Another method for ovarian cancer screening is transvaginal ultrasound. Ultrasound is an imaging test that uses sound waves that bounce off of tissues and provide a picture of whatever is being looked at. By inserting an ultrasound probe into a woman's vagina, healthcare providers can get a good look at her ovaries. If the ovaries look abnormal, further tests can be done. The biggest problem with using transvaginal ultrasound for ovarian cancer screening is the same problem as using CA-125. Both tests cause too many healthy women to have unneeded procedures because the tests are not specific enough for ovarian cancer. In studies, combining CA-125 and vaginal ultrasound did not lower the number of deaths related to ovarian cancer, and therefore are not routinely recommended for screening.
Women with a strong family history or those with a proven hereditary cancer syndrome may need to get more rigorous screening with serial CA-125 tests and/or transvaginal ultrasounds, though the benefit to this is not clear. Talk to your healthcare provider about your ovarian cancer risk, and the best way to go about screening in your case.
What are the signs of ovarian cancer?
Ovarian cancer has been called a "silent killer" because it was thought that symptoms did not develop until the disease was advanced. More recently, ovarian cancer experts found that this was not true. Most women had symptoms early on that were dismissed by themselves or their healthcare providers. Experts worked together to develop the Ovarian Cancer Symptoms Consensus Statement, which describes important symptoms.
The symptoms that are more likely seen in women with ovarian cancer compared with healthy women include:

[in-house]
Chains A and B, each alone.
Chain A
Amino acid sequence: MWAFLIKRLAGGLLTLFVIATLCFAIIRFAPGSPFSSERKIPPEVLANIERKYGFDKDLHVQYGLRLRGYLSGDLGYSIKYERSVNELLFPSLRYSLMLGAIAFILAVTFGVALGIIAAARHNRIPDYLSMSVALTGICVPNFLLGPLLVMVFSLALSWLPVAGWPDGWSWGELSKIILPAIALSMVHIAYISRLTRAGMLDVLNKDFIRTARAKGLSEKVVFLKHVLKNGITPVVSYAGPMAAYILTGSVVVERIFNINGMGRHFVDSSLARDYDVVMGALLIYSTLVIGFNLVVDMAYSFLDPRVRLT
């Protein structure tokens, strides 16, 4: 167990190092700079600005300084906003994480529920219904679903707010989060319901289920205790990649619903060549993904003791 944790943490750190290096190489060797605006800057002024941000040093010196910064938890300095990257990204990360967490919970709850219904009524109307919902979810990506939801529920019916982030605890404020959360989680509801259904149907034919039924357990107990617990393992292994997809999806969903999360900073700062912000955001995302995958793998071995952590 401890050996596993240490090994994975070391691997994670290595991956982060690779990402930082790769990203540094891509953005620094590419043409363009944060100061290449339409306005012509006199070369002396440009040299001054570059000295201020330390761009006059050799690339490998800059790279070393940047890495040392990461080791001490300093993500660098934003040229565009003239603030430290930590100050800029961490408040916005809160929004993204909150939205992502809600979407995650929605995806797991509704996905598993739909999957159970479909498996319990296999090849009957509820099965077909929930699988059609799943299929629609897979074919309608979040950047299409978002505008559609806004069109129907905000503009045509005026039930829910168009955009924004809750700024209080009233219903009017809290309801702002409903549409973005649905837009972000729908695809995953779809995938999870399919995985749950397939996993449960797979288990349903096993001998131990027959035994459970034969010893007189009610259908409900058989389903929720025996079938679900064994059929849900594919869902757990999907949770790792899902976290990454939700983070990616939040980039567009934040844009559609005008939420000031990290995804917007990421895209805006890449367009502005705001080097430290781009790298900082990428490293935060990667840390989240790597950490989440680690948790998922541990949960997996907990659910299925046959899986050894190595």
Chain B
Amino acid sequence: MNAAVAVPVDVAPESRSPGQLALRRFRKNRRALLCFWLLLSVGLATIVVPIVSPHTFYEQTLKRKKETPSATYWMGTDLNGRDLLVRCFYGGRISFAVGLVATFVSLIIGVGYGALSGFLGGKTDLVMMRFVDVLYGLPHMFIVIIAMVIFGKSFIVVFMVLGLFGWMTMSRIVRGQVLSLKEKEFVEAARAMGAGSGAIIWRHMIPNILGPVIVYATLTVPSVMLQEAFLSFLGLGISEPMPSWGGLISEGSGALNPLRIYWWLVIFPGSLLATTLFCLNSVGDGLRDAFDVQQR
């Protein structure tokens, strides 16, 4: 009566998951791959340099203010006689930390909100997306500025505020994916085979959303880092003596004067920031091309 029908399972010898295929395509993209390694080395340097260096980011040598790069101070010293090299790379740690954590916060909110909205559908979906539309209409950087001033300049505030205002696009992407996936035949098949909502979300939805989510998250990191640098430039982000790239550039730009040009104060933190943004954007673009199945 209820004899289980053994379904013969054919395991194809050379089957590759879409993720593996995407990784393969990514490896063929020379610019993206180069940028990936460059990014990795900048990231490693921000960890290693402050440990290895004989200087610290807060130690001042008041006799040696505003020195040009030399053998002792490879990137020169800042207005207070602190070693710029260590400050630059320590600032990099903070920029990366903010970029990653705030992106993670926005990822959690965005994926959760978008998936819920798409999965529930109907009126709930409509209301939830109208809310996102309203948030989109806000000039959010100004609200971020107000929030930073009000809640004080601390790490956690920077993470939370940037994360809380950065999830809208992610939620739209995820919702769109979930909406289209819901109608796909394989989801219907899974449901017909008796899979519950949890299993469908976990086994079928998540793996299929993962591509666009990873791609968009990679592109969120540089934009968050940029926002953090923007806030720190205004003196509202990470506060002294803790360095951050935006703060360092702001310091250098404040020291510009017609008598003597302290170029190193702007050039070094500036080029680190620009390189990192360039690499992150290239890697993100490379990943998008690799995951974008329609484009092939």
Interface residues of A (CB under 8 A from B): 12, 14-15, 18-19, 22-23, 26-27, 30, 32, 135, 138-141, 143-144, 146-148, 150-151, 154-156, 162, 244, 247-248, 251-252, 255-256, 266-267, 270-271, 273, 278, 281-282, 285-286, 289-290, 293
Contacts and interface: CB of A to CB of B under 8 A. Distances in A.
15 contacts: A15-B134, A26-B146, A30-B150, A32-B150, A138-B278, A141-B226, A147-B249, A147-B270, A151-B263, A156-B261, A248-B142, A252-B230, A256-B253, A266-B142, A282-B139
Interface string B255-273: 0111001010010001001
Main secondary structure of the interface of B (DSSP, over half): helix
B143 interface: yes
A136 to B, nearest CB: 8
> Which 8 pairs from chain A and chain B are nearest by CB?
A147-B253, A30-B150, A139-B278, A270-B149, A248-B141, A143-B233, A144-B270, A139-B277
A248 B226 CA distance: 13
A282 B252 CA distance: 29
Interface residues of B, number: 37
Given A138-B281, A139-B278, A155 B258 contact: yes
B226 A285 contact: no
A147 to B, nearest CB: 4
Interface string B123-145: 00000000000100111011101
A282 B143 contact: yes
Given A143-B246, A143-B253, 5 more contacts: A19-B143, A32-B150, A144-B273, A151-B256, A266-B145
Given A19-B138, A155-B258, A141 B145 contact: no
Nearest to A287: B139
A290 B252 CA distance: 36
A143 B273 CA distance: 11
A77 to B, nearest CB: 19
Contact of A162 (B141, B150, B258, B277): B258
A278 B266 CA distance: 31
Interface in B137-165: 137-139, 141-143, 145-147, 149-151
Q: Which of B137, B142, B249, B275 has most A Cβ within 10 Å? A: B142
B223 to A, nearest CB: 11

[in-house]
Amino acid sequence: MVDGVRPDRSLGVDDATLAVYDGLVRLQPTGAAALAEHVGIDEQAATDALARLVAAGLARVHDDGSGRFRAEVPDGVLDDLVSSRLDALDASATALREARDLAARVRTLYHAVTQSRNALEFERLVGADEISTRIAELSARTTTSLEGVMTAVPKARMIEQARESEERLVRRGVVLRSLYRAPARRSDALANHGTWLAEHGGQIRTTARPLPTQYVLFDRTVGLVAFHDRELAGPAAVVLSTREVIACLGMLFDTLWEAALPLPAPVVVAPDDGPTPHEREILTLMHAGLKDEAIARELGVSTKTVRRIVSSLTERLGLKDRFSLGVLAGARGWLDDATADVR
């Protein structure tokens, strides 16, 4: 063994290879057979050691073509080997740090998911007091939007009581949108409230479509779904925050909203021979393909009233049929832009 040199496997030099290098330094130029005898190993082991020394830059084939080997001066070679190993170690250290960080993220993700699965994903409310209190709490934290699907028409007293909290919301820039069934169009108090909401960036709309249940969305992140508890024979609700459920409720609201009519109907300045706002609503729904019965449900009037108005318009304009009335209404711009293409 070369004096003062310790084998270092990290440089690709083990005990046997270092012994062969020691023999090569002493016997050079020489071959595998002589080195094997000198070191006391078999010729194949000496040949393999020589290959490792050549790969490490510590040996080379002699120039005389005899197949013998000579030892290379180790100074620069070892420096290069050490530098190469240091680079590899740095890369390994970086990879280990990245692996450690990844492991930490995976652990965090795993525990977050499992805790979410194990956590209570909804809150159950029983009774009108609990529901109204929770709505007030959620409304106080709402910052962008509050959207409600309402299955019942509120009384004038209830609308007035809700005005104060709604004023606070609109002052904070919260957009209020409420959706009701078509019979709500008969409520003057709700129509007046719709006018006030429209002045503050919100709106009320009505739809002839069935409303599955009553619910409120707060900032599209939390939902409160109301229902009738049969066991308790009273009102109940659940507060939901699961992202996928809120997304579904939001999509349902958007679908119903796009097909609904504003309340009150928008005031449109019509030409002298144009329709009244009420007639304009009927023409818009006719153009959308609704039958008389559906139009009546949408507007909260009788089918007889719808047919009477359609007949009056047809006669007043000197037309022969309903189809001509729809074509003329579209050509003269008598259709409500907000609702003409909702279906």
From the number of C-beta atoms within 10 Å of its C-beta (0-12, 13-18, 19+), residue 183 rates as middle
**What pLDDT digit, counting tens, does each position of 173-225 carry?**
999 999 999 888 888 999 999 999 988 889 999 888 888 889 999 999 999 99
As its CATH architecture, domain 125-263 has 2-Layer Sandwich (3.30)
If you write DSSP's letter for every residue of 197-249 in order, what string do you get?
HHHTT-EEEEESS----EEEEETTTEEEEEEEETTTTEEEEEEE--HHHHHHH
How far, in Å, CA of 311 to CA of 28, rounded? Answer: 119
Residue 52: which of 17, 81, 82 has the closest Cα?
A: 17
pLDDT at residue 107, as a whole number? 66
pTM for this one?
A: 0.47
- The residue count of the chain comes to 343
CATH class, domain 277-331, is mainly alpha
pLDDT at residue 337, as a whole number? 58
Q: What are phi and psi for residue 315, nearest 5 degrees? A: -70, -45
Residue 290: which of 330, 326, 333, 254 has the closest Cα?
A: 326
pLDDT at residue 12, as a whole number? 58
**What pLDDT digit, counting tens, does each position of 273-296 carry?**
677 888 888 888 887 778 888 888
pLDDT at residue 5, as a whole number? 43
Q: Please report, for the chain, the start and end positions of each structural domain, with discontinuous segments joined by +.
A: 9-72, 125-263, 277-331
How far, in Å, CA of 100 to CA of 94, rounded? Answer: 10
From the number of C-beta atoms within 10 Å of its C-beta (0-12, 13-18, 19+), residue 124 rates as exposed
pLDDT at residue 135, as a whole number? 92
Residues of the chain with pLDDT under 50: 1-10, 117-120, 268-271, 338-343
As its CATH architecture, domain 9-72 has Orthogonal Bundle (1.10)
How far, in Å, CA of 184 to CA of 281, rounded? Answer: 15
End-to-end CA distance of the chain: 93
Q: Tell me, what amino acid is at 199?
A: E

- Bloating (feeling full).
- Pelvic or abdominal (belly) pain.
- Having a hard time eating or feeling full quickly.
- Urinary changes (urgency or frequency).
While these symptoms are more often due to other medical problems, women with ovarian cancer report that the symptoms don’t go away and are a change from their normal. The frequency and number of these symptoms are also key factors in the diagnosis.
Other possible symptoms include fatigue, indigestion, back pain, painful intercourse, constipation, and menstrual changes. Women who have these symptoms almost daily for more than a few weeks should see a healthcare provider (preferably a gynecologist) for testing.
How is ovarian cancer diagnosed?
The most common reason for a healthcare provider to suspect ovarian cancer is if he/she feels a mass during a pelvic examination. Ovarian cancer is a type of cancer that needs to be diagnosed and staged during a surgery. Often, the cancer is diagnosed and treated during the same procedure. Surgeries for ovarian cancer diagnosis and treatment should be done by a surgeon who specializes in gynecologic malignancies. Surgery is done so that samples of the mass and surrounding tissue can be biopsied and analyzed. A biopsy is the only way to know for sure if you have cancer, because it allows your healthcare providers to obtain cells that can be examined under a microscope. Once the tissue is removed, a healthcare provider called a pathologist will review the specimen. The pathologist can tell if it is cancer or not; and if it is cancerous, the pathologist will characterize it by what type of tissue it arose from and what subtype of ovarian cancer it is, how abnormal it looks (called the grade), and whether or not it is invading surrounding tissues.
Although surgery is required for accurate staging, your providers may want to order some other tests to better characterize the mass/masses and look for distant spread. Tests like CT scans or MRIs can examine the pelvis and localized lymph nodes. Some patients with bony pain are referred for a bone scan, which is a test using a radioactive tracer to look for metastasis to any of the bones. You may also undergo a colonoscopy, which uses a lighted scope to examine your rectum and colon, or a barium enema in which dye is inserted into your rectum and an x-ray is taken. These tests are used to look for spread of the tumor to your colon. Each patient is unique, so the specific tests people get will vary; but overall, your providers want to know as much about your particular tumor as possible so that they can plan the best available treatments.
How is ovarian cancer staged?